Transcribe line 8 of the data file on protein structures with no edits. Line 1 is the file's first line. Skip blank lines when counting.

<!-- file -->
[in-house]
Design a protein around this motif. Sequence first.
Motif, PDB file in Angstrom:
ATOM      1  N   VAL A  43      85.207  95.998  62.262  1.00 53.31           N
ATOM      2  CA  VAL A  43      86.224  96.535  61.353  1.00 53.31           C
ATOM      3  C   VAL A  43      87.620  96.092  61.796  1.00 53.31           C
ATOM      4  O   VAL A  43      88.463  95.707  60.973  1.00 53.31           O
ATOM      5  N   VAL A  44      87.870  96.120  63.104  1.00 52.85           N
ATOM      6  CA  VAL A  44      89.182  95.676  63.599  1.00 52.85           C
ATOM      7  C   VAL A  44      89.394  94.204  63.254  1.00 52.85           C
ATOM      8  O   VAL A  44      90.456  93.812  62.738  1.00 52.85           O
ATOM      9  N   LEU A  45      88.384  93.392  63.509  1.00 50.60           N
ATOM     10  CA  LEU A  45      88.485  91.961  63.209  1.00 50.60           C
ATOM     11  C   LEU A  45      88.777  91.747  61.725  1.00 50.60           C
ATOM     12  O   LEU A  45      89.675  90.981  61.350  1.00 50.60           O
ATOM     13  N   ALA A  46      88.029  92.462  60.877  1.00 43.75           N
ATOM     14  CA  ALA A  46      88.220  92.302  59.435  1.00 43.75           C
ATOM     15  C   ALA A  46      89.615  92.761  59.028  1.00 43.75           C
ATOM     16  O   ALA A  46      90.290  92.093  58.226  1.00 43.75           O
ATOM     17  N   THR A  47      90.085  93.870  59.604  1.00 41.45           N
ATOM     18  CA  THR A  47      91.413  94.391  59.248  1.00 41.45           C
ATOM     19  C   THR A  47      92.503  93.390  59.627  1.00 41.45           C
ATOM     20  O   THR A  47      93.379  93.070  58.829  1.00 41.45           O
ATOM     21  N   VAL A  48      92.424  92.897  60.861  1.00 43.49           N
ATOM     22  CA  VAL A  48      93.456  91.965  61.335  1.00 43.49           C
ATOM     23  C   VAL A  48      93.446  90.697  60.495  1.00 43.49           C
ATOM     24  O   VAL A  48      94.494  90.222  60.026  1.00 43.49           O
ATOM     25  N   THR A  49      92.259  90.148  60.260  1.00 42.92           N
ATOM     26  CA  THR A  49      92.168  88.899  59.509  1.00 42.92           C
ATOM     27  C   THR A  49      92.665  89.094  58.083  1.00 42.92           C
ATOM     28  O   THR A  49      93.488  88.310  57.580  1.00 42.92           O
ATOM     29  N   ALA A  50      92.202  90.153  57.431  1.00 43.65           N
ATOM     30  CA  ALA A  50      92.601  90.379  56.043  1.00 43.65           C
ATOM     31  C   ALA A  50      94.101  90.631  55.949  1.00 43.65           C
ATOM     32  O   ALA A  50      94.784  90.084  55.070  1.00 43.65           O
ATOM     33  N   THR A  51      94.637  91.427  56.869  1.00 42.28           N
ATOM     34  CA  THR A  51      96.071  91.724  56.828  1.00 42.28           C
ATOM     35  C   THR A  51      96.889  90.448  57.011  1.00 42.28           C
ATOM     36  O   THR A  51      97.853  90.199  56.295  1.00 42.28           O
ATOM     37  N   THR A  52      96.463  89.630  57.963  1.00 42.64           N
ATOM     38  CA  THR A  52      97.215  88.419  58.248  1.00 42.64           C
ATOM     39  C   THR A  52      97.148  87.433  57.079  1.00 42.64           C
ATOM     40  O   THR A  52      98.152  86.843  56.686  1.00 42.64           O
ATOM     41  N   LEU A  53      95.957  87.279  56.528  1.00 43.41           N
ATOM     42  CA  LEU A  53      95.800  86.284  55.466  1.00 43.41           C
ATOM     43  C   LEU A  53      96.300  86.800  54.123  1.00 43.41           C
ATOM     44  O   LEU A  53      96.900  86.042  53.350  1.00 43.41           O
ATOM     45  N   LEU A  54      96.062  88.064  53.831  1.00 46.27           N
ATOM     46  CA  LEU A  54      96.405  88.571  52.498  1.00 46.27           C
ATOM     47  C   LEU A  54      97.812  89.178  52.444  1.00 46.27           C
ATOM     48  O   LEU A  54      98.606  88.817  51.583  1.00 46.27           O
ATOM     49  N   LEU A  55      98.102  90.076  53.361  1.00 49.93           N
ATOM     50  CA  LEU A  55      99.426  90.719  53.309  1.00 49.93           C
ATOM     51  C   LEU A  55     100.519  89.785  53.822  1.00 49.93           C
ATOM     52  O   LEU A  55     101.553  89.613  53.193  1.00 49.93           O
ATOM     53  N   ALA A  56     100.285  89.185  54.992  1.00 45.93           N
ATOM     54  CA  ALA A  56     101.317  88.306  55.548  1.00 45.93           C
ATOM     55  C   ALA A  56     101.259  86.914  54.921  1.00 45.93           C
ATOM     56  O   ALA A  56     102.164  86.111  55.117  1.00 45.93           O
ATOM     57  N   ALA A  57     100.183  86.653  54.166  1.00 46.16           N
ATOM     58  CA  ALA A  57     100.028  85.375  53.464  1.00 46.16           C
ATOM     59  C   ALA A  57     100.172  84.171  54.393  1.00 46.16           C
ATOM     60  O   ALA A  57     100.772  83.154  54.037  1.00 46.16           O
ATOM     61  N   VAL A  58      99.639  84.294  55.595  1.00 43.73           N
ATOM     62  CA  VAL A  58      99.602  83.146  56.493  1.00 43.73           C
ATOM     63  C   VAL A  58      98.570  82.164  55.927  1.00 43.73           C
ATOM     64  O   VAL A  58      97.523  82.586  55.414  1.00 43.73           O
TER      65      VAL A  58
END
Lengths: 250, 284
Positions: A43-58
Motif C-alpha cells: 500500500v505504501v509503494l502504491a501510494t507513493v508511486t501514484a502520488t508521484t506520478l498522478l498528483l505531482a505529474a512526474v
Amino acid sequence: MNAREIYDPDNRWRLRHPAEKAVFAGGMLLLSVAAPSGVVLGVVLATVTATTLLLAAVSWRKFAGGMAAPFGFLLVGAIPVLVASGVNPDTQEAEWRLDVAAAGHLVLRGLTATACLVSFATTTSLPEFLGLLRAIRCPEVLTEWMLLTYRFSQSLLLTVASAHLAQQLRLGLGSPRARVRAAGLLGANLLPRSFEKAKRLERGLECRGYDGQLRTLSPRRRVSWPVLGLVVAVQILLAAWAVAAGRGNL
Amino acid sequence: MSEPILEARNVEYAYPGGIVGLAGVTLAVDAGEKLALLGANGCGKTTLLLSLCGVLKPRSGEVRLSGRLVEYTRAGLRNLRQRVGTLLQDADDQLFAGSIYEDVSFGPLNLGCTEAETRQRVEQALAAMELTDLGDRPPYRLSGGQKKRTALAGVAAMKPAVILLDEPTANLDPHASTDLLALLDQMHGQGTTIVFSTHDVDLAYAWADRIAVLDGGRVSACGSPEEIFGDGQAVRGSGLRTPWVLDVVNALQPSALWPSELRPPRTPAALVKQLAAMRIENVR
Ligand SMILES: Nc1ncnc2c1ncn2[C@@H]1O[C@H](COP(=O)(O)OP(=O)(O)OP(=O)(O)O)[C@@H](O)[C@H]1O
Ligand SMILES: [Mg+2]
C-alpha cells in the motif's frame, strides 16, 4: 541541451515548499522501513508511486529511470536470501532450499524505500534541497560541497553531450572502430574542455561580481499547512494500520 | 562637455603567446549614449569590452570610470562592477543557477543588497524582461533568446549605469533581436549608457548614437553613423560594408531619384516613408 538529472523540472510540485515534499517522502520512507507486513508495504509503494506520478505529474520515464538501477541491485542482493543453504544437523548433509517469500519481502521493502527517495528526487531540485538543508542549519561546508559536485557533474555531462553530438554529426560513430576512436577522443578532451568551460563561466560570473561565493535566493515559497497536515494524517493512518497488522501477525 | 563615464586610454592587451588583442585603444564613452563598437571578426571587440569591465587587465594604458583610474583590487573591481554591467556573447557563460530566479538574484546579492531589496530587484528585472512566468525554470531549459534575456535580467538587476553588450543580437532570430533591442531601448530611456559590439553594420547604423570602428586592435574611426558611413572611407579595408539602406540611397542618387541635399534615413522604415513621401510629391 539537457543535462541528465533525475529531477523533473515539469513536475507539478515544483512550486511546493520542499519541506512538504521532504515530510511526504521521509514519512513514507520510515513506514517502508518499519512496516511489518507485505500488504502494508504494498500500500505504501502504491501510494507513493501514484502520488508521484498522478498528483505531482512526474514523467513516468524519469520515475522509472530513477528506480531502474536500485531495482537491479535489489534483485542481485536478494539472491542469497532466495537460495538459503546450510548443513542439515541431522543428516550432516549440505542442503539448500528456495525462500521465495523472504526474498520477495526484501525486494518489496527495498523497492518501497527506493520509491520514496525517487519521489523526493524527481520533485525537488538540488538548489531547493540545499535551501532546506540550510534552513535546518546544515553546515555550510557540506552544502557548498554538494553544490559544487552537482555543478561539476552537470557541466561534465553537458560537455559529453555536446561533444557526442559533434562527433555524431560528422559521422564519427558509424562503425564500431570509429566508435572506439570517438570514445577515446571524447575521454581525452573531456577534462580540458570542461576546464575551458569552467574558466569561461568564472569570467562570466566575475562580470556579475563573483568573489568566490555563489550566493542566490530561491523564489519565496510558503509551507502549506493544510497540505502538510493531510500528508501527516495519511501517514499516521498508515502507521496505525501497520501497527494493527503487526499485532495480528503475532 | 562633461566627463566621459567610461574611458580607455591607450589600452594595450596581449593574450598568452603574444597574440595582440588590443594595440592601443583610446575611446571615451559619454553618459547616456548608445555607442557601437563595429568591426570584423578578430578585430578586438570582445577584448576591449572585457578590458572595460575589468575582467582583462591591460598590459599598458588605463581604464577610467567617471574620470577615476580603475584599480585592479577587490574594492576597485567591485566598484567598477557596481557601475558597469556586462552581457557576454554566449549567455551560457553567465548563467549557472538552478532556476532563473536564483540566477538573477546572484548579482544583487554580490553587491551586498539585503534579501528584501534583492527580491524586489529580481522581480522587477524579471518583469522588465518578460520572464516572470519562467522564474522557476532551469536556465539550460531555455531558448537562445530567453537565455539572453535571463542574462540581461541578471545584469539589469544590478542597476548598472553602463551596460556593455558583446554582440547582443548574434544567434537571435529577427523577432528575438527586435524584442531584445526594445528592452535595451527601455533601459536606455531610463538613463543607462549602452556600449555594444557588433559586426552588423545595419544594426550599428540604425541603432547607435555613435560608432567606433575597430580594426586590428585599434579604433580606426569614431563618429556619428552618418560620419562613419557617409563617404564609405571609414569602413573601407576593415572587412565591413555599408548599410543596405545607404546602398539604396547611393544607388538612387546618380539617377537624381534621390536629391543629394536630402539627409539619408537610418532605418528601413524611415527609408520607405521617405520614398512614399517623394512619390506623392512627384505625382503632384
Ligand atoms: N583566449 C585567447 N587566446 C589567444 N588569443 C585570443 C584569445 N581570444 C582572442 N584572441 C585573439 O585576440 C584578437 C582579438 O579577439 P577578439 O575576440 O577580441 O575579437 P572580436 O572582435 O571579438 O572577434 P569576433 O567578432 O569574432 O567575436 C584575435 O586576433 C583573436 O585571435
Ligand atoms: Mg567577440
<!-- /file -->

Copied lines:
ATOM      5  N   VAL A  44      87.870  96.120  63.104  1.00 52.85           N